Connected to the illumination laser 10 is a network of deviating prisms 14 and deviation mirrors 15 arranged to form 8 partial beams in the depicted example, each of which displays a varying optical path length. In the coupler 16, each partial beams is coupled to a dedicated waveguide 5, though only one is shown. Each waveguide 7 picks up at the reflected laser light couple with waveguides 7 before terminating at the detectors to 9'-9", a plurality are provided even though only one is shown. Squaring devices 16'-16" etc., so that absolute amounts do not have to be formed, but rather squared amounts are available. In either case, negative and thus cancelling values are excluded. The squaring devices 16'-16" are switched to a summer 17, whose output permits further signal processing in a manner known in the art by means of a monitor or data processing.

The optics and electronics of the inventive device are positioned within a protective casing 19 provided with inlets for the illumination laser 10 and for the laser 11 for excitation, whereas the various waveguides project from the casing and are clad with a protective tube. The signal outlets 21 and 22 are for data processing, while direct signal display is performed by the monitor 23.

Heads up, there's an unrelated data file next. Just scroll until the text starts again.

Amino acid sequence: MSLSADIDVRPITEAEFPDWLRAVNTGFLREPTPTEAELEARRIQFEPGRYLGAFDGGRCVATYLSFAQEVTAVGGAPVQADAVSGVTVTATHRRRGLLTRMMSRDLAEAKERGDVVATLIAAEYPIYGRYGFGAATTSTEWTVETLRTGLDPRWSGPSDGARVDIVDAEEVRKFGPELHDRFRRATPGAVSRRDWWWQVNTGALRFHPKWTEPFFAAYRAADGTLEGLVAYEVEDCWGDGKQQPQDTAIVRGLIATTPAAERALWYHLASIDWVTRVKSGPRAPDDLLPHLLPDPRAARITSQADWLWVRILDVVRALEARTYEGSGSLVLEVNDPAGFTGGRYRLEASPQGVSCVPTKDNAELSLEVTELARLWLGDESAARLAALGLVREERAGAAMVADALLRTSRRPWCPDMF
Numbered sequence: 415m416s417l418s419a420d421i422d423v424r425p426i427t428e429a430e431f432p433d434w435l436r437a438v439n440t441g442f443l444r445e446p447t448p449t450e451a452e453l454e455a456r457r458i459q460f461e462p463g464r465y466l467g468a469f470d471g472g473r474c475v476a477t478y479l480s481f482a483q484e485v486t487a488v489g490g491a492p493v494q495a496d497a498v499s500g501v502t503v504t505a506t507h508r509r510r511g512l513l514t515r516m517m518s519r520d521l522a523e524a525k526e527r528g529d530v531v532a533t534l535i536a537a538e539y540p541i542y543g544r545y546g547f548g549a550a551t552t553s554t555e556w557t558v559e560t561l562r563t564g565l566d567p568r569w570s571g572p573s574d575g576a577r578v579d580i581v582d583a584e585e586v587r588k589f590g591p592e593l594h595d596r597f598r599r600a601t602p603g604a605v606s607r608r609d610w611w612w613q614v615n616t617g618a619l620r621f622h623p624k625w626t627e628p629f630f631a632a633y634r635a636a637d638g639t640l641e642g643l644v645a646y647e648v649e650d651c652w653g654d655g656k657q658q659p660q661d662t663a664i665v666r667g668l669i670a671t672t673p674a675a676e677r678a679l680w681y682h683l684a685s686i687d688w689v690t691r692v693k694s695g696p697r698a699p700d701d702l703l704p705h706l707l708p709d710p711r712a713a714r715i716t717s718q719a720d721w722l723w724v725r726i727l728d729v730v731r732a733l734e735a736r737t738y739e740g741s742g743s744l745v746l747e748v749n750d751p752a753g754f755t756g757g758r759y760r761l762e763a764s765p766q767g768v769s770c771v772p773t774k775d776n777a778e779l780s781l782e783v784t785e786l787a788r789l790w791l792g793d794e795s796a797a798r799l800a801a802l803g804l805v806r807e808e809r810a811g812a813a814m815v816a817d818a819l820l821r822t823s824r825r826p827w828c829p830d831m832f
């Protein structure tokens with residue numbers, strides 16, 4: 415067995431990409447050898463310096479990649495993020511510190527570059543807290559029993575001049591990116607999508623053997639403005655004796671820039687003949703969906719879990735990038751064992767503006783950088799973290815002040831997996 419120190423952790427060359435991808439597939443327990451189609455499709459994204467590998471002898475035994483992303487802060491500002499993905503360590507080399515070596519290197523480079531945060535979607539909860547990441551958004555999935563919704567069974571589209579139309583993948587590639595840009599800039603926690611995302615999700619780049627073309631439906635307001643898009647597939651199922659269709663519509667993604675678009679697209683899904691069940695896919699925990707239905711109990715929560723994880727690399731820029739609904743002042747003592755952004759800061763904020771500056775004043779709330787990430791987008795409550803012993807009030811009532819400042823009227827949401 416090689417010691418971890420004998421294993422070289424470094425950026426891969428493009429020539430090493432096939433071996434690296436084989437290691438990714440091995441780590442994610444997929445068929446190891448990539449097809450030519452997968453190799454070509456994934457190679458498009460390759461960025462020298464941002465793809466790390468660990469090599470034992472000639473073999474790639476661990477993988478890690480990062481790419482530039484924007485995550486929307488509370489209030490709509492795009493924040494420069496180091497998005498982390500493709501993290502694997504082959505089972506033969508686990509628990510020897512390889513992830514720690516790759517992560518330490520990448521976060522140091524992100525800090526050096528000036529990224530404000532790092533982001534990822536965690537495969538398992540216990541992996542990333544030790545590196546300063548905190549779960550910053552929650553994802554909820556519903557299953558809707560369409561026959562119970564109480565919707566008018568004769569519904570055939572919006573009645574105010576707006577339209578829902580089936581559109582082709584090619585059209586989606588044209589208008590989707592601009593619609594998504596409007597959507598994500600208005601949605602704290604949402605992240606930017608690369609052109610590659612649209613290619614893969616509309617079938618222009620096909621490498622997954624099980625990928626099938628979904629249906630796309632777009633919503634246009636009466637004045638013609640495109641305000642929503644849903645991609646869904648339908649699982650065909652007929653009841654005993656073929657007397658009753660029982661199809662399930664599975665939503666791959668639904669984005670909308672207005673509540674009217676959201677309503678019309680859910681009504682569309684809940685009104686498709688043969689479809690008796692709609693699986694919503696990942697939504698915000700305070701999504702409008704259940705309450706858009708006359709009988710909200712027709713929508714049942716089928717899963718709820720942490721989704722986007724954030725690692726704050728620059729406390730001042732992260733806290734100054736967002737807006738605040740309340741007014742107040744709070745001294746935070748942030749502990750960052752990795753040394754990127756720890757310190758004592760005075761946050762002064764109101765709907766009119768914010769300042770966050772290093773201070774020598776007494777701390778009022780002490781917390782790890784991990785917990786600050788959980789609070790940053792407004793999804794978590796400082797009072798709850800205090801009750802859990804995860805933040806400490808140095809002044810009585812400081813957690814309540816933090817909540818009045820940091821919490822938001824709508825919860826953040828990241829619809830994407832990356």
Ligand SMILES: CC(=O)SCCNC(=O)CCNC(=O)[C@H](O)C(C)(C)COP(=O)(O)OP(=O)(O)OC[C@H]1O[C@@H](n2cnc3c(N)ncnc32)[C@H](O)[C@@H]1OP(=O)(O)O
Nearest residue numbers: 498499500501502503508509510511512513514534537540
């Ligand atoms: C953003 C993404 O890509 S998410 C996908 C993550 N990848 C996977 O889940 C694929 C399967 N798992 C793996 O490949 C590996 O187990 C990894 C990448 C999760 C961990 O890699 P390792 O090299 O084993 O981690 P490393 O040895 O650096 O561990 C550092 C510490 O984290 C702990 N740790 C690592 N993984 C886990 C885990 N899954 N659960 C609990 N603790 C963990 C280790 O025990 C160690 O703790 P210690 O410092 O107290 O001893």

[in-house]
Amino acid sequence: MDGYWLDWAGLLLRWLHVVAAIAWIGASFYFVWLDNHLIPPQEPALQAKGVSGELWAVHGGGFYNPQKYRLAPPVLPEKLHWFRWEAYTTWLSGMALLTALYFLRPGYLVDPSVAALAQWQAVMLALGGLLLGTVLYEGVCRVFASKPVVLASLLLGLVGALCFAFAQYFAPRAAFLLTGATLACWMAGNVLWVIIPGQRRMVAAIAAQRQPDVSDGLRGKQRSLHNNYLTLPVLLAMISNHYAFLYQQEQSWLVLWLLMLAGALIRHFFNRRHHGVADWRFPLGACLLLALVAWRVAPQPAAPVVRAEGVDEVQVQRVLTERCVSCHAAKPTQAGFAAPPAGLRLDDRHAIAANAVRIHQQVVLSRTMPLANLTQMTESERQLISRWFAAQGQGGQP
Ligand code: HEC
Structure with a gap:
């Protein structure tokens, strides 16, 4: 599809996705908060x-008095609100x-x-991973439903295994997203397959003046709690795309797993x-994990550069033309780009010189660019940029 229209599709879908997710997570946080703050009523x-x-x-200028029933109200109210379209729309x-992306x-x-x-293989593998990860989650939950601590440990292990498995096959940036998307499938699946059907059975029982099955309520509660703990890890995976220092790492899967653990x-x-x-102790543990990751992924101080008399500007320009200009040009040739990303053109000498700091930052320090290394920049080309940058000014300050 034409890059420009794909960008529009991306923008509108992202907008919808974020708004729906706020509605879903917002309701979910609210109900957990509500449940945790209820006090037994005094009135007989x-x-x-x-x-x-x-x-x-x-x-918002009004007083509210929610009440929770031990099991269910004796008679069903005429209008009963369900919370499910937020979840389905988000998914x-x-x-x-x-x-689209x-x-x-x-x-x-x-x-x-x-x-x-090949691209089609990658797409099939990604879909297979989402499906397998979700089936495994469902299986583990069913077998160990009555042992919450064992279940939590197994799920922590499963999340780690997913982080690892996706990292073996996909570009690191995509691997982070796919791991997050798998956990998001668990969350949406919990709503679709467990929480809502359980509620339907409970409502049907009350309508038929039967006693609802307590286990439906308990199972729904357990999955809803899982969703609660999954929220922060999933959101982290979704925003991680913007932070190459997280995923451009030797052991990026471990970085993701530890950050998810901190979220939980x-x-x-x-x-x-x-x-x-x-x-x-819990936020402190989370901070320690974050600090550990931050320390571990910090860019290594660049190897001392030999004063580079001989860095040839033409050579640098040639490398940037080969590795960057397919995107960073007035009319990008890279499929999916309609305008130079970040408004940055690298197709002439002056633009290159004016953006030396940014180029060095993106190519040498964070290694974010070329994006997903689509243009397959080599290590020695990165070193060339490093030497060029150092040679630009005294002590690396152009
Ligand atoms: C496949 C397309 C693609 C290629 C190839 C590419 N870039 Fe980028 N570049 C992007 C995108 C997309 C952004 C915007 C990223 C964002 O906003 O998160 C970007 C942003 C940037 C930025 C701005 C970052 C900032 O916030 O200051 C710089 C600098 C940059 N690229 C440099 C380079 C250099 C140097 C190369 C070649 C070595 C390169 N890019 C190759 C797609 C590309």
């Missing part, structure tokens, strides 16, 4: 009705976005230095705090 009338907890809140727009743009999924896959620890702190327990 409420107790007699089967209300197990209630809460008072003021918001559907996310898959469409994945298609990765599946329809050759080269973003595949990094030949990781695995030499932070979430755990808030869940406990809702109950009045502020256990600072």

The above description is intended by way of example only and is not intended to limit the present invention except as set forth in the following claims.

FIG. 4 shows the realization of the signals. The ultrasonic events appearing on surface 2 of the test material result in phase-shiftings of the light waves which in couples 6 corresponding the cases I to V at different spots of the interferometers sine characteristic result in the fluctuations of intensity corresponding in the case I to V. These fluctuations of intensity are transferred into electrical signals by the detectors 9', 9", since after squaring 16', 16" said signals are of positive polarity all, I" to V", they may be added to result in a common signal.

Thus, it is clear from FIG. 4 that the signal processing is not limited to a phase shift angle of 90 respectively 170, but within the total area of phase shift, so that the us-signals are used to much greater extent.

Patent Citations
Cited PatentFiling datePublication dateApplicantTitle
US4892406 *Jan 11, 1988Jan 9, 1990United Technologies CorporationMethod of and arrangement for measuring vibrations
Non-Patent Citations
1Keck et al., "Wanddickenmessung an 1230 C. heiben Rohrluppen mit em neuartigen Laser-Ultraschall-System" or "Wall Thickness Measurement on 1230 C. Hot Tube Loops With a New Laser-Ultrasound System", Steel & Iron, 1987, pp. 1057-1060.